As M-A’s senior class enters their final week of high school, many are thinking about future plans. Whether it be in college or the workforce, for those hoping to settle in the Bay Area as young adults, this idea is a worrisome topic — the cost of living in the San Francisco metropolitan area is currently 62.6% higher than the national average.
In the 2018 consumer price index (CPI) report released by the U.S. Bureau of Labor, the CPI in the Bay Area increased 4.5% in the calendar year — up 3% from the year before after a decade of relatively low increases. In simpler terms, inflation has come to the Bay Area, and is a major contributor to the spike in living costs.
But this is not a only a Bay Area problem, it’s California’s as well. Economists blame a statewide rise in gasoline prices as the cause of inflation. Jamie Court, president of Consumer Watchdog, told the Mercury News that, “[The increase in gas prices is a cost] for restaurants, for delivery companies, grocery stores, for furniture companies; it makes everything more expensive.”
The impacts can be seen throughout the Bay, where gas costs on average $4.08 — two dollars over the national average. The cost for dining out, as well as for typical grocery products, are often double in the Bay Area compared to the rest of the country.
Although it’s probable that gas price will stabilize in the coming years, the cost of living in the Bay Area isn’t likely to fall. Silicon Valley companies are increasingly outsourcing labor from other states and countries. These newcomers often having high paying jobs, and therefore are driving the housing market to astronomical levels. According to SmartAsset, the average rent in San Francisco is $2950 a month — $525 more than the next highest U.S. major city, New York, at $2425. The same pattern can be found in parts of Marin, San Mateo, and Santa Clara Counties.
The volatility of the housing market has forced the migration of many, particularly low income residents, out of the Bay Area. A report by Beacon Economics on the migration patterns of the greater San Francisco area identified the majority of those leaving as “concentrated in lower-skilled, lower-paying fields, namely sales, transportation, and food preparation.”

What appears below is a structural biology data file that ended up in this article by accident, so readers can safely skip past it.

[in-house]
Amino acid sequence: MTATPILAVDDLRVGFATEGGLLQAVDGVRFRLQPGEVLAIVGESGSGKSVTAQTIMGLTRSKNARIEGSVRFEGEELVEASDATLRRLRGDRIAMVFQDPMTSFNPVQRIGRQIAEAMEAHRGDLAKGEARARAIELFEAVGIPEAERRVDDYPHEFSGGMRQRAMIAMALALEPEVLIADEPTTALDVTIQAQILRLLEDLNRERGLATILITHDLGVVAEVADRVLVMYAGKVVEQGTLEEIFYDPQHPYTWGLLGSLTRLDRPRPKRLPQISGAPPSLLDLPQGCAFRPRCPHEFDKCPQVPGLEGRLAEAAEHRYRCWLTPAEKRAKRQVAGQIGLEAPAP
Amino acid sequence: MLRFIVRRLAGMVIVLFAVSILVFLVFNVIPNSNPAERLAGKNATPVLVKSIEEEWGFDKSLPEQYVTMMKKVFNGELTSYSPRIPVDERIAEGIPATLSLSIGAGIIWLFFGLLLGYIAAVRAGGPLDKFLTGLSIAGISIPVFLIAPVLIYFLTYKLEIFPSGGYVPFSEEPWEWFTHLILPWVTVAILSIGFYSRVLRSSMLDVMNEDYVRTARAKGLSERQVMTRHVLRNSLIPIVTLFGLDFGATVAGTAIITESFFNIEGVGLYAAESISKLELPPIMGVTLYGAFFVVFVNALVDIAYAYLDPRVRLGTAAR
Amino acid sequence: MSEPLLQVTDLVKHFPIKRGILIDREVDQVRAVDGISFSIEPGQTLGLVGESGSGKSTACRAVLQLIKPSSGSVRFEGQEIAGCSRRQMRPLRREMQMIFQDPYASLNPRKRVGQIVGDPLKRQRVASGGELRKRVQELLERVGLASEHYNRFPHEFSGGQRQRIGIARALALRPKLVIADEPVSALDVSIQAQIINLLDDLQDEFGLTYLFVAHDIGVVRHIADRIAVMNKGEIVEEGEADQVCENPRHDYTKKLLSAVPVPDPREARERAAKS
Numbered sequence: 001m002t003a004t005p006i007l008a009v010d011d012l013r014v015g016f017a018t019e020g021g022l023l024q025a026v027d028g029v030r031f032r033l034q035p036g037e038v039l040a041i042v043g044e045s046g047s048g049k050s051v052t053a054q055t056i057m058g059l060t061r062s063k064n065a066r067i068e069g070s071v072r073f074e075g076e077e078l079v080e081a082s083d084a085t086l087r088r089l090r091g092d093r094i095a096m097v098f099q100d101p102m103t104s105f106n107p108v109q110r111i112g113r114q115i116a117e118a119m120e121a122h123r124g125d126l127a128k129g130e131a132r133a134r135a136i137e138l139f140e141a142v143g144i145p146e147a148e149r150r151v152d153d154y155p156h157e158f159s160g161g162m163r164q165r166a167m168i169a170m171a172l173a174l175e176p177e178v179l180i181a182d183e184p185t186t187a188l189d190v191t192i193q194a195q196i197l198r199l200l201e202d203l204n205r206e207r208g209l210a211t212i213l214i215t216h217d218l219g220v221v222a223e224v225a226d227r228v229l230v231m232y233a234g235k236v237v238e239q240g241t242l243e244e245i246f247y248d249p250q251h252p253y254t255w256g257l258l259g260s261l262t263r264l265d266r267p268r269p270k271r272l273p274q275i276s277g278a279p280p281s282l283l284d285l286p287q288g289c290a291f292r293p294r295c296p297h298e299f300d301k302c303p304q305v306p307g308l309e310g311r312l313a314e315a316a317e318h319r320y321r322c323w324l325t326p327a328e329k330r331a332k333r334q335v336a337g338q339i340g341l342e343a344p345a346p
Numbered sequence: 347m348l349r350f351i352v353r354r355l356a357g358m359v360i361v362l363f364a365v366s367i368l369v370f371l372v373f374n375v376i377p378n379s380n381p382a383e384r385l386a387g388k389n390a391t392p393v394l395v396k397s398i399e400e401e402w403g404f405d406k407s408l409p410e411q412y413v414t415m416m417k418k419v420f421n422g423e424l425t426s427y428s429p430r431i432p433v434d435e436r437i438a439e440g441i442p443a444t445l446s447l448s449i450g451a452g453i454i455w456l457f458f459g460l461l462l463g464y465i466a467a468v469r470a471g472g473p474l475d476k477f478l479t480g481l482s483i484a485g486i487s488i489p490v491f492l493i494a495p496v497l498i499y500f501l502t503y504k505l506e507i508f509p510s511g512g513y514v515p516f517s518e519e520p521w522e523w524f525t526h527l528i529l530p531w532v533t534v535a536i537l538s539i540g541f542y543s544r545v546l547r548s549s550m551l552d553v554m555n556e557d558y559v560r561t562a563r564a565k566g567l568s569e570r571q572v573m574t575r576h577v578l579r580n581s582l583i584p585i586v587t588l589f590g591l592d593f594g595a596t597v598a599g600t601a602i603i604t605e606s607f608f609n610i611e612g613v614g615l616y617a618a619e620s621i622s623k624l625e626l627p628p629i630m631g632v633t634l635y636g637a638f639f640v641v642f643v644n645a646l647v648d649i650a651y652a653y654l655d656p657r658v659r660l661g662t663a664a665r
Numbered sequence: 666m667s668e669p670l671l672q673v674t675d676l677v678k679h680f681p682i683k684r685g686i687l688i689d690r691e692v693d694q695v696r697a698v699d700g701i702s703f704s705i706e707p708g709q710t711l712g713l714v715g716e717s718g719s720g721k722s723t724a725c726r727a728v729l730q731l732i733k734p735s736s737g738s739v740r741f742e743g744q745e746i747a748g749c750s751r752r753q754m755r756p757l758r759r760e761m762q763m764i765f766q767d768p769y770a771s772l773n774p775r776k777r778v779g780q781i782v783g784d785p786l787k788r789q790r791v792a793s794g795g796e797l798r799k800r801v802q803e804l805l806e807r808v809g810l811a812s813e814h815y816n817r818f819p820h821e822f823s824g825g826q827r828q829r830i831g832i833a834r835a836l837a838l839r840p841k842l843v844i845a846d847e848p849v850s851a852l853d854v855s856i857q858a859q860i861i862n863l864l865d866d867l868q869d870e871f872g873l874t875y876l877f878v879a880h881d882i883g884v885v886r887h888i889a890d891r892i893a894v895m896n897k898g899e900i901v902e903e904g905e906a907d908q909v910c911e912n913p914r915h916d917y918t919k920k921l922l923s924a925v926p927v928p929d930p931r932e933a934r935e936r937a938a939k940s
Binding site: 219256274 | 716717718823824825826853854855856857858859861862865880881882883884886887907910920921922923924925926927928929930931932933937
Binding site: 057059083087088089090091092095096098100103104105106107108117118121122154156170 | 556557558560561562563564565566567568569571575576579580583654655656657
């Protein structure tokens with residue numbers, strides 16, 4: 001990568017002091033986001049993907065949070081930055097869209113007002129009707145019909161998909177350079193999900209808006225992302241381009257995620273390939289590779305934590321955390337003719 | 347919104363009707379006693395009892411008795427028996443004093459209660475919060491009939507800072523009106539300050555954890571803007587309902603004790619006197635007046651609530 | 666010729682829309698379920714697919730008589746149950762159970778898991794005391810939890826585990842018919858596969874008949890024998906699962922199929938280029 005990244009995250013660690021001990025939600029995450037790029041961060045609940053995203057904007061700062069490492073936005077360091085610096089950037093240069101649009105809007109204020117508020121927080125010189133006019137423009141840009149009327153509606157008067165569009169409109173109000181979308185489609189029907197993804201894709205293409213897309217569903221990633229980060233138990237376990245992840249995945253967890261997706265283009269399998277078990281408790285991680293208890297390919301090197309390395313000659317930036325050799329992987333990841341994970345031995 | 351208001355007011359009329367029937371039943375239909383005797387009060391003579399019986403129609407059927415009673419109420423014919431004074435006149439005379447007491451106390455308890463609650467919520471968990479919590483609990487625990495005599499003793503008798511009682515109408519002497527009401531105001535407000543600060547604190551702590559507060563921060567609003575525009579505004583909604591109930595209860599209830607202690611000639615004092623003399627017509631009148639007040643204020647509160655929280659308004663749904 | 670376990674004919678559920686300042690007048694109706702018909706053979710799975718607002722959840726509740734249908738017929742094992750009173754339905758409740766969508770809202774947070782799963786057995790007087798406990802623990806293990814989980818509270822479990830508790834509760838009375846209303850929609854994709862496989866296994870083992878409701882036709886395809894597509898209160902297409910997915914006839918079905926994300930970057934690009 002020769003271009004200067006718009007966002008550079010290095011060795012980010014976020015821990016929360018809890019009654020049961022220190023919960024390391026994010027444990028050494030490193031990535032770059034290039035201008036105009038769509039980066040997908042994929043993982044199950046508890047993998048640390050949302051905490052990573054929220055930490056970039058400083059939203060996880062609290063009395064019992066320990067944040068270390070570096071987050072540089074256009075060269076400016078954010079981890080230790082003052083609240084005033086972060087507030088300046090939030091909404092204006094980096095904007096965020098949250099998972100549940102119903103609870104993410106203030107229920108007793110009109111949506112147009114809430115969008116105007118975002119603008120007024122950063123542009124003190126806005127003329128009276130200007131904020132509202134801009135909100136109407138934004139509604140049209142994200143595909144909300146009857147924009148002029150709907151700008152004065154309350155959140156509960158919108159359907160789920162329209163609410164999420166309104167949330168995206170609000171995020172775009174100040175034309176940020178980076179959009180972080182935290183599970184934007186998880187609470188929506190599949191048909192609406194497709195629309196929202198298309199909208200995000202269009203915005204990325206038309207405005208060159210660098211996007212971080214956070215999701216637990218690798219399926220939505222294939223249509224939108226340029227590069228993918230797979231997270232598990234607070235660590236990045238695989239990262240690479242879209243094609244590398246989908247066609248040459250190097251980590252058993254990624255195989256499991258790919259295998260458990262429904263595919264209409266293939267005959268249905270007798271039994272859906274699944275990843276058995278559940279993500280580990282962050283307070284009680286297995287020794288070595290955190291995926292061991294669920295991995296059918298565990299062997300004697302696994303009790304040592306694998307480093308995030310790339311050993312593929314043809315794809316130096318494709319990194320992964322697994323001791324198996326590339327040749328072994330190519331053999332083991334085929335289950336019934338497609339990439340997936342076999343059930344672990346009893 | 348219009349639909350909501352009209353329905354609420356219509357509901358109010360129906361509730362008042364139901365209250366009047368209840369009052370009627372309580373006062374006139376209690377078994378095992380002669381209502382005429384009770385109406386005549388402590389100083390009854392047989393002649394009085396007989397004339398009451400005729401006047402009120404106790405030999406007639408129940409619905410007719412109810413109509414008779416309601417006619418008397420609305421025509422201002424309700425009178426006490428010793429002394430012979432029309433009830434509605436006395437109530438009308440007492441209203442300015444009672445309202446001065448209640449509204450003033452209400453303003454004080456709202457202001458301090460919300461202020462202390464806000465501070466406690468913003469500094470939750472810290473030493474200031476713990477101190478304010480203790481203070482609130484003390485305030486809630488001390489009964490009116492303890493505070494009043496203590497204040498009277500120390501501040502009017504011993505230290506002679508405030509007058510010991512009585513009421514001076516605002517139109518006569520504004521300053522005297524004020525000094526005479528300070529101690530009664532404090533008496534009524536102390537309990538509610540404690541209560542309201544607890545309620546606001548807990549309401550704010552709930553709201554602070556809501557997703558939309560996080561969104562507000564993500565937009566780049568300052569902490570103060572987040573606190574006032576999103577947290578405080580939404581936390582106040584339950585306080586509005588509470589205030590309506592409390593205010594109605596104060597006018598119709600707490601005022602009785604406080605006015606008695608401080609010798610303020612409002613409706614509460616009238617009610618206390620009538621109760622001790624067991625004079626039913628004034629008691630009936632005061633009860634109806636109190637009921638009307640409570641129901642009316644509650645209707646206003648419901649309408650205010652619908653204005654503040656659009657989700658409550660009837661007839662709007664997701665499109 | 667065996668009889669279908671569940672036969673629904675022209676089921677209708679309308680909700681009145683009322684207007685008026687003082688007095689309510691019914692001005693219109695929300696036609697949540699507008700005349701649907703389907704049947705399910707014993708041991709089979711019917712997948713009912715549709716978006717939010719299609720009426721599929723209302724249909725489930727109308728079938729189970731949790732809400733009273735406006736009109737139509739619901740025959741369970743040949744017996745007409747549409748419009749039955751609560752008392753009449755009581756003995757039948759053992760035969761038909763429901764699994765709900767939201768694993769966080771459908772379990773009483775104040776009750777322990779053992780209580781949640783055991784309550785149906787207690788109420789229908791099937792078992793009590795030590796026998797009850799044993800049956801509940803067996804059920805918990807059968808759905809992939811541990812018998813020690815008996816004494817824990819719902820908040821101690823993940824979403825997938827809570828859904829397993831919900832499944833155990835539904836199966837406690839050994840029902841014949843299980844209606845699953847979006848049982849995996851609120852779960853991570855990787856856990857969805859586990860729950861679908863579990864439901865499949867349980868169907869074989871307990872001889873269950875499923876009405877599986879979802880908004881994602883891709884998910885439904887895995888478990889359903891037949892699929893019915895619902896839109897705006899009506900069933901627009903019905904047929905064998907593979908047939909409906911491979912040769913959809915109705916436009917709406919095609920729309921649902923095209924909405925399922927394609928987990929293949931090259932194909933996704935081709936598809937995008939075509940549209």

This phenomenon had many worrying of a significant population loss in the Bay Area. In the long term, this is a possibility, as low-skilled, blue-collar workers will continue to be pushed out by rising rents. This foreseeable pattern could have serious implications on the functioning of everyday society, and has already taken effect in San Francisco where, as reported by the San Francisco Chronicle, a high school math teacher and badminton coach was forced into homelessness by rising rent.
Teachers around the Bay Area share similar challenges, as one Peninsula teacher disclosed during a town hall at Sequoia High School in Redwood City, “I was tight for money… So I started taking up some odd jobs… I [drive for] Uber. I’ve [picked up my former students] not once but three times.”
Members of the M-A community understand firsthand the challenges of living in the area, and have experienced the gradual upsurge in cost of living. However computer science teacher Cynthia Donaldson has lived on the Peninsula since the early 1990s, and experienced a housing market estranged from its current standing. In 1992, Donaldson’s rent for a two bedroom, two bathroom apartment in Mountain View was $800 a month, and she was able to buy a house in San Carlos for $300,000 four years later in 1996.
Tomiko Fronk, math teacher at M-A, was shocked to see what Donaldson paid for housing in the 90s — as the average rent and home values have more than doubled, in some cases increased exponentially, since. Fronk, who moved to the Bay Area in 2013 in the midst of the housing market spike, claimed that in her experience the cost of living has risen “substantially, almost doubled,” while she has lived in the area. In contrast to Donaldson, Fronk’s rent in San Francisco in 2013 was $2,100, and today in San Mateo is $3,600.
Fronk added that if it was not for her husband’s salary — who works in the tech sector at companies such as Google and Uber — maintaining residency on the Peninsula would be extremely challenging.
Her testimony applies for the majority of people in the Bay Area, where a job in tech, or a high paying profession in another trade, is almost always required in order to live comfortably. But what qualifies as ‘high paying’? In San Francisco, Marin, and San Mateo Counties, the low income threshold for a family of four is $117,000 — dwarfing the U.S. average of $25,750.
Today living in the Bay Area is a daunting prospect, but increasing public attention on improving the affordability of the the housing and transportation of the area could contribute toward stabilizing the cost of living in the coming years.